Auditioning for the play was kind of easy. I still remember my line. It was: "Excuse me, but the lady in chair 34b is staring at you." So I said it. And he asked me to say it like I was angry, like that was my woman! And then asked me to say it like I just won 22 million dollars. I wouldn't have nothing to say! They called me back and told me we were going to have some singing parts, which is right up my alley. We get to work on the song today! I have never acted before. It's very exciting. I like learning technique from [Love on San Pedro director] Shishir. Man knows his stuff. My favorite part about the play is being an actor, reciting the lines of the play. Listening as Shishir takes us through our exercises. "A big black bug bit a big black bear and the bear bled." And there's another one I can't even do about the sun and the shine. It's a learning experience. Every day you come and there's something new, something to do. And my friends are going to see me on stage!
My day is simple. I get up in the morning. I'm always cleaning up. I pay attention to the clock. I'm thinking about what I want for breakfast. For example, today I had hash browns and sausage with bell peppers. And I had a flakey biscuit. After I eat breakfast, I turn on the television, I do some singing, I shine my shoes, shave my beard. This has been busy coming up here to rehearse, but I just take it easy. It's good to be busy. I stay downtown and I know it's good to be busy. It's good to have things to look forward to. It causes a type of discipline. I can't do this or that because I have to go to rehearsal tomorrow. Let me get my clothes ready. What am I going to wear? It's a good thing.
My retirement kicks in next month and my plan is to move to a low-income senior citizen complex. I'm not going to stay downtown forever. I imagine that it will affect you. I mean, I've seen some awful things. I go down to the corner store and I see awful, terrible things. People allow themselves to fall low. Sometimes you have to step over people on the floor. I haven't become numb for suffering, but you see it so much you can. I don't want to become numb. I want to have a sensitive heart. I want to be who I am.
Monica Ellen Maxwell AKA DJ Feel Good:
I am originally from Detroit, Michigan. Born and raised there. Matter of fact my birthday is October 27 and I'll be 50 years old. I feel so sure of myself. The best thing about right now is that I know myself. If this is what 50 is all about, then I'm good.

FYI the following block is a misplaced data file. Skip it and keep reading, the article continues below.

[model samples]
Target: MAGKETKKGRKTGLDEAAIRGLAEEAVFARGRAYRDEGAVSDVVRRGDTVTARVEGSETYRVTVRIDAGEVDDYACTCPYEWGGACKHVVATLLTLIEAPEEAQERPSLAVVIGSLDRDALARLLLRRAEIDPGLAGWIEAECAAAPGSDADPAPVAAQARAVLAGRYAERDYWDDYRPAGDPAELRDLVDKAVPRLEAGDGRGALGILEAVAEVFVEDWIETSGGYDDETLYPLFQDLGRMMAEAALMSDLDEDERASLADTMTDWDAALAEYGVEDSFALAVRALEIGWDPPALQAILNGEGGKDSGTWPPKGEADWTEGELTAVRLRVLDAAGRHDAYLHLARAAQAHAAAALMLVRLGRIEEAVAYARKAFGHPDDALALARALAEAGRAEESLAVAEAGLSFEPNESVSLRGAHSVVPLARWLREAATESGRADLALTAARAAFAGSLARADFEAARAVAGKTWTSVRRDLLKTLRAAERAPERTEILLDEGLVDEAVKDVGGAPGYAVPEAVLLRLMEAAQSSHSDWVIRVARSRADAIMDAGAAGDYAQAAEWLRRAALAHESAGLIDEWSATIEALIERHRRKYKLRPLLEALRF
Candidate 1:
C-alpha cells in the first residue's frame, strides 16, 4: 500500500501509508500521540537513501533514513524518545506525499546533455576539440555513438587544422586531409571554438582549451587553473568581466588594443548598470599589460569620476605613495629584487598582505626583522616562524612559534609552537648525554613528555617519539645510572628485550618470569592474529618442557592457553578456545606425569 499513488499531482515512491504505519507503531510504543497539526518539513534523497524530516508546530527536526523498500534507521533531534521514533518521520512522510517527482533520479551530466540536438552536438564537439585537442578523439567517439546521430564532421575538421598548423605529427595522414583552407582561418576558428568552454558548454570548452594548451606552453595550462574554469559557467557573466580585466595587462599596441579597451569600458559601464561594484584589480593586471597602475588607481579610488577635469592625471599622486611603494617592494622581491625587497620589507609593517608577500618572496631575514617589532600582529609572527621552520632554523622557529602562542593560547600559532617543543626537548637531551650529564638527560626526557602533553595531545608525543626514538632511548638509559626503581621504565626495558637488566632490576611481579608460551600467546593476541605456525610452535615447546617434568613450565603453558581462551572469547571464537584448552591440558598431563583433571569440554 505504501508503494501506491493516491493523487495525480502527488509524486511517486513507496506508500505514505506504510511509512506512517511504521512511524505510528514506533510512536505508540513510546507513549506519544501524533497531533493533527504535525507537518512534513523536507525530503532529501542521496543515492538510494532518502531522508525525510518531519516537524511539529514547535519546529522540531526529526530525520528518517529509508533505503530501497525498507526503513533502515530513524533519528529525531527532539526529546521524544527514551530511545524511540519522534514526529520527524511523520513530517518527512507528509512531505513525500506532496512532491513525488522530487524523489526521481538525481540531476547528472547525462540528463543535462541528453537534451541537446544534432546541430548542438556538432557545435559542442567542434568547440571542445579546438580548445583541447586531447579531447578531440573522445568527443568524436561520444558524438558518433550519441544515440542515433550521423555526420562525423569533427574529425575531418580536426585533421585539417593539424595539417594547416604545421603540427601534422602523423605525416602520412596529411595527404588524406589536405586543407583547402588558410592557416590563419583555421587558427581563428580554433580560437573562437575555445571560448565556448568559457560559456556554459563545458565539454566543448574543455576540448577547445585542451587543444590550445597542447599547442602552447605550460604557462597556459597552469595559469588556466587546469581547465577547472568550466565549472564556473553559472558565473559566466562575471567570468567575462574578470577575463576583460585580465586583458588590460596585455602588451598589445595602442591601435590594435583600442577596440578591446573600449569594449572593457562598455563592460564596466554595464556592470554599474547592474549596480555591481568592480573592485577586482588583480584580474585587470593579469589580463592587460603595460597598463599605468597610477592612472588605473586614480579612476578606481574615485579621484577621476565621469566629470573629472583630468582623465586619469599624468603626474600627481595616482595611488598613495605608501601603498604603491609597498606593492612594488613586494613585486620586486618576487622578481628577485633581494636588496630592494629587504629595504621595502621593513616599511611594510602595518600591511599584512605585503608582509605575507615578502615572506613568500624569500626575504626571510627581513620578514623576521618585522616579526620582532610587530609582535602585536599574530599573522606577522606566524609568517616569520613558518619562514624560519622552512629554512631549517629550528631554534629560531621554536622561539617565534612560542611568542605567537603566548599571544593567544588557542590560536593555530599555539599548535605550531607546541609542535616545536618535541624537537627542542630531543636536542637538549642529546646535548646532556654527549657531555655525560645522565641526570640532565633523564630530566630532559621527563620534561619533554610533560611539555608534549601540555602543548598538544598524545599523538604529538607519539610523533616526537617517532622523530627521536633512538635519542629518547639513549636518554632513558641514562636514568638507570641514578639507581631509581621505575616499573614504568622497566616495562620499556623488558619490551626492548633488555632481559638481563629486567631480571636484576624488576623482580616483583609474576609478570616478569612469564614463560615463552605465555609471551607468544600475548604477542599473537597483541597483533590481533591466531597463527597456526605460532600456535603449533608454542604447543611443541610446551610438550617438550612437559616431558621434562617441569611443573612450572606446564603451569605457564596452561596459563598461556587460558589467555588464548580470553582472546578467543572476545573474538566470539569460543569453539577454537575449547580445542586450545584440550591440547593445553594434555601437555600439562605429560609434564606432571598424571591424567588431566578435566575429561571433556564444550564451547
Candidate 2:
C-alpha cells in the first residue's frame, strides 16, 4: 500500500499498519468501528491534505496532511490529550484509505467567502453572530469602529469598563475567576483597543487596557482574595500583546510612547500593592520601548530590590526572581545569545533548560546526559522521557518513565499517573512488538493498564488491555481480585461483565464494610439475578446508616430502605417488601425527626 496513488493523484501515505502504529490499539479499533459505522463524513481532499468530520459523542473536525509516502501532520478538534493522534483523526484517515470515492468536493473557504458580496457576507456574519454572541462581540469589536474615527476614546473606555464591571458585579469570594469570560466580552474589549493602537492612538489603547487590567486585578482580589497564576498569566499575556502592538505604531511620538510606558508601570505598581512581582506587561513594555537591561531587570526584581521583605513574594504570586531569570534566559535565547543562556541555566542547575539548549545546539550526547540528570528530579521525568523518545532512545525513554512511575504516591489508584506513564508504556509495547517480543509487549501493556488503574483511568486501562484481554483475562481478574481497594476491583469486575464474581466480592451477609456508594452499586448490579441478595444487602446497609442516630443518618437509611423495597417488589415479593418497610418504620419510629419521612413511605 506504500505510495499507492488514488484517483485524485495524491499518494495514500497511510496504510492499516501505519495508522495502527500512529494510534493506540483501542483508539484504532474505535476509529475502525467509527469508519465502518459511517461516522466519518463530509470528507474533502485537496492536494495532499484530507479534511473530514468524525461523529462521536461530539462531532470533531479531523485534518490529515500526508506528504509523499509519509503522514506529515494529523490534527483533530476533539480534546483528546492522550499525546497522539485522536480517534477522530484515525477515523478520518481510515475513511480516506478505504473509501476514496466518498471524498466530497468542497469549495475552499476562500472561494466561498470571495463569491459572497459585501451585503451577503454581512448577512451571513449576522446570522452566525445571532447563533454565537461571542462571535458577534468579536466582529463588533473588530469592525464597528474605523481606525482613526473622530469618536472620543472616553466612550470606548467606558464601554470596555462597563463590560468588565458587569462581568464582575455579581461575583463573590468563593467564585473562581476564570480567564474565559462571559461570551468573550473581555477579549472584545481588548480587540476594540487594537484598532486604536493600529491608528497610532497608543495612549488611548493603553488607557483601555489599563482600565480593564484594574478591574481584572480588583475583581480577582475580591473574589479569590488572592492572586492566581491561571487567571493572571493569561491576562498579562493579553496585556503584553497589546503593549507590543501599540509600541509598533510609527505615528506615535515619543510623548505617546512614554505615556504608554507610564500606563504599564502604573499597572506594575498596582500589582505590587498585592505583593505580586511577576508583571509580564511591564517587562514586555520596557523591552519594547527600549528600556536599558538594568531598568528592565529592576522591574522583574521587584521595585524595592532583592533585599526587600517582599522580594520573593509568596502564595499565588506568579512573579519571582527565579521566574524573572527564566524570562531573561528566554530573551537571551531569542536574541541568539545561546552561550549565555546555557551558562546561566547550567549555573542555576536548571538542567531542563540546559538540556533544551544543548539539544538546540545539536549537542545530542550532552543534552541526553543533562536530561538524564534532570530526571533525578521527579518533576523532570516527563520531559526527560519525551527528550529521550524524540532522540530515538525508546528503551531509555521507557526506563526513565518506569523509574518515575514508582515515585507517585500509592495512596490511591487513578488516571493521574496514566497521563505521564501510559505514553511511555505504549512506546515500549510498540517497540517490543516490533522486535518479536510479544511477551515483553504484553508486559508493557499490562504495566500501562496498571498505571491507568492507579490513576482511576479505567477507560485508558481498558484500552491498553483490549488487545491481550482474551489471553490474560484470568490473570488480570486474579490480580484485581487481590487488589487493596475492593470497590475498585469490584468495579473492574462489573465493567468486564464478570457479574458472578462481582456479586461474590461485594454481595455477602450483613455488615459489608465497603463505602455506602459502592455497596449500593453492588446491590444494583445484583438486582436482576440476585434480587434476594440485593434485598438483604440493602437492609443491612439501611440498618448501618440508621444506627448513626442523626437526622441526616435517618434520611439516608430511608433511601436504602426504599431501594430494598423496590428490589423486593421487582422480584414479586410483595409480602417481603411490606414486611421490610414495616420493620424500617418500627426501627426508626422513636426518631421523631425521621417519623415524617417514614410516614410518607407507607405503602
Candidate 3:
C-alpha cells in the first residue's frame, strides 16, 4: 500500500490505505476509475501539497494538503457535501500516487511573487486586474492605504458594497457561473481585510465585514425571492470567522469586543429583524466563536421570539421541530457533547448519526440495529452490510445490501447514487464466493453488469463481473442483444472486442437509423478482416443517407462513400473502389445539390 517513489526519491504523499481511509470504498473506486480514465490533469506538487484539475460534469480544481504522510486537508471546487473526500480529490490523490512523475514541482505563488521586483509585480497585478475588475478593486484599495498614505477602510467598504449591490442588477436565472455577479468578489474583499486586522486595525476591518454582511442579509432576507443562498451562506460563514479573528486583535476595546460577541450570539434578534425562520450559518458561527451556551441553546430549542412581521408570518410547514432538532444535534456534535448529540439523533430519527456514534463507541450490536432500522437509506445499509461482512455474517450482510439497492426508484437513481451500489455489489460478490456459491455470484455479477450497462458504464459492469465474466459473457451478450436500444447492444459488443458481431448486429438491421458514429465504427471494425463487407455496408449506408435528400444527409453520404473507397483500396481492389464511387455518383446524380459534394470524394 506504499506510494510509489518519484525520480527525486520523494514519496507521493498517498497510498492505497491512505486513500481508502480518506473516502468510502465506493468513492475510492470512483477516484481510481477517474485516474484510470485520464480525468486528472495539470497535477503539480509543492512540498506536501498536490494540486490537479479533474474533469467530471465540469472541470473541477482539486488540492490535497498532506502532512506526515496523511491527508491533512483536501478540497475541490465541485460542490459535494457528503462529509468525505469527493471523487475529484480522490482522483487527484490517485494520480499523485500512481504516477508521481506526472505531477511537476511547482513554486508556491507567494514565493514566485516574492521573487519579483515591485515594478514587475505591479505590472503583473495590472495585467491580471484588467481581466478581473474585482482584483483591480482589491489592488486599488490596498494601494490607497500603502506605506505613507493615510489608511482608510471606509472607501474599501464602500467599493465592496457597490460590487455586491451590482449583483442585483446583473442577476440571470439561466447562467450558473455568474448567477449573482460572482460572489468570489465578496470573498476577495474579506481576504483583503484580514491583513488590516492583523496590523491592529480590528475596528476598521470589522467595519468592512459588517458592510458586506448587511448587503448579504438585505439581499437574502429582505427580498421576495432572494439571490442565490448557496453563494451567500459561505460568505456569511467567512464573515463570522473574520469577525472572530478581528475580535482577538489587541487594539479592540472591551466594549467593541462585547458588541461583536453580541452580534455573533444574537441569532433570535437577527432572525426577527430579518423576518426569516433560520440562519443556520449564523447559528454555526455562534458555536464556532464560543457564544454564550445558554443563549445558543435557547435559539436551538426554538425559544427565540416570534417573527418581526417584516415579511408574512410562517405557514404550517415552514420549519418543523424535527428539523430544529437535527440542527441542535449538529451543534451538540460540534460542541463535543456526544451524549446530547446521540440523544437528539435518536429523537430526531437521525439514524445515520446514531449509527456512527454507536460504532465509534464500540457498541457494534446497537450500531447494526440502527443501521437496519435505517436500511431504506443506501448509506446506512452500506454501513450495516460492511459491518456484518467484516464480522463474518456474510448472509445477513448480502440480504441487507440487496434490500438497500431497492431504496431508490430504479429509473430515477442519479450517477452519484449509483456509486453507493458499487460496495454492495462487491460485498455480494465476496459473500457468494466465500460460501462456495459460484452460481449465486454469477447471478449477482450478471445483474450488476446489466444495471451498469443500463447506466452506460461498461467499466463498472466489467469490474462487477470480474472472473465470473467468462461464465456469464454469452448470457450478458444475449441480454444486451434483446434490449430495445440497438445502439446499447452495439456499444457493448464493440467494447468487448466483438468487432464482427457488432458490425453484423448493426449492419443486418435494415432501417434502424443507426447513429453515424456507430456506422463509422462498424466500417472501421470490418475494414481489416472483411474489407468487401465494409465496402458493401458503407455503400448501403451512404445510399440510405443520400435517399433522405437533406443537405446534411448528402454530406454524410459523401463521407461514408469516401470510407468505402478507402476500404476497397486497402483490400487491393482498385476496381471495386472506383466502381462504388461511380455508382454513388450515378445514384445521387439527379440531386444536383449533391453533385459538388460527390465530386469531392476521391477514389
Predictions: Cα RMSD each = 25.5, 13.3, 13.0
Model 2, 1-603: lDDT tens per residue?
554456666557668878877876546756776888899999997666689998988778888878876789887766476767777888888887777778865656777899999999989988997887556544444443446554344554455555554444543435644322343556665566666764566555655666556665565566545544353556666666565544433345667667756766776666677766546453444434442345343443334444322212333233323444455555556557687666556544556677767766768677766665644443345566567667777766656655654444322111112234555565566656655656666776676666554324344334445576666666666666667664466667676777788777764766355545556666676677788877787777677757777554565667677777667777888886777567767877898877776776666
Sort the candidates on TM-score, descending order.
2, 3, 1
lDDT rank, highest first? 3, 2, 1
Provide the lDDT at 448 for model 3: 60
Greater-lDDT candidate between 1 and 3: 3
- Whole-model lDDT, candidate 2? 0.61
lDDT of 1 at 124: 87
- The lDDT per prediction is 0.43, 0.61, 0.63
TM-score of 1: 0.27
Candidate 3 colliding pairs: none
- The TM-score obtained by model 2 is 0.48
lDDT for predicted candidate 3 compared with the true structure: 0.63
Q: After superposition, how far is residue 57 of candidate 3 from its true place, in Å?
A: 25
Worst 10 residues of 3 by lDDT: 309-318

I always liked music, even as a kid. The house was always full of music. My mom and went to school with many of the Motown singers. My grandfather played the piano, his brother played the saxophone, by great-grandmother played the piano at church. But I never really had enough time to sit and learn because I always wanted to go out and have fun. I play a little drums now an then.
I lived in Sacramento from 1993 to 2007. My mom called me in 2006 to tell me she was ill with Crohns disease. I dropped everything to help her. People ask me if I'm bitter about doing that, but of course I'm not. She's my mother and I loved to help her.
She started feeling better in 2008/2009. And she bought me a train ticket for the train. I researched the Weingart Center. I stayed there for six months and applied for the Downtown Women's Center. If you really want to do something, you can do it. Skid Row is not a stigma, it's a subculture that offers you a way to get on your feet. I'm from out of town and I ask myself why people from L.A. aren't taking advantage of the resources. If you need help, you can ask for it. I'm in a great apartment. I will stay unless my mother will ask me to come home. I am in the middle of transition and authentic struggle and I think that is good.
I was on the train for two days coming from Detroit to L.A. I had a lot of time to think. I thought to myself that I would come out here to do all the stuff I wanted to do--from my creativity to my independence, being bold, and just happy. Just, really being a free spirit.
I started DJing at the Downtown Women's Center. They have a day center there. And I went down there really as an excuse to crank up my music. I also went and bought one of those big speakers that you just plug the iPod and pay music. It was just a hobby. I like being on Skid Row and smiling, being receptive to others. Any kind of way I could help. Music just took it to another level.
When I walk through the jungle of Skid Row, I've got my iPod on to listen to my music and keep my peace of mind. One day when I was down here just listening to music I thought, wow, music really makes me feel good. And I said DJ Feel Good is the perfect name. I love having a positive outlook on life even while being in the midst of Skid Row and I want other people to feel good too.
Huell investigates a onetime tradition, the Yosemite Firefall, and experiences the natural version of the "Firefall" at Horsetail Fall. Huell calls it "one of the most magnificent sights you'll ever see in your life."
Deportations, Assassinations, and Dictator Nations: A Timeline of U.S. Intervention in Latin America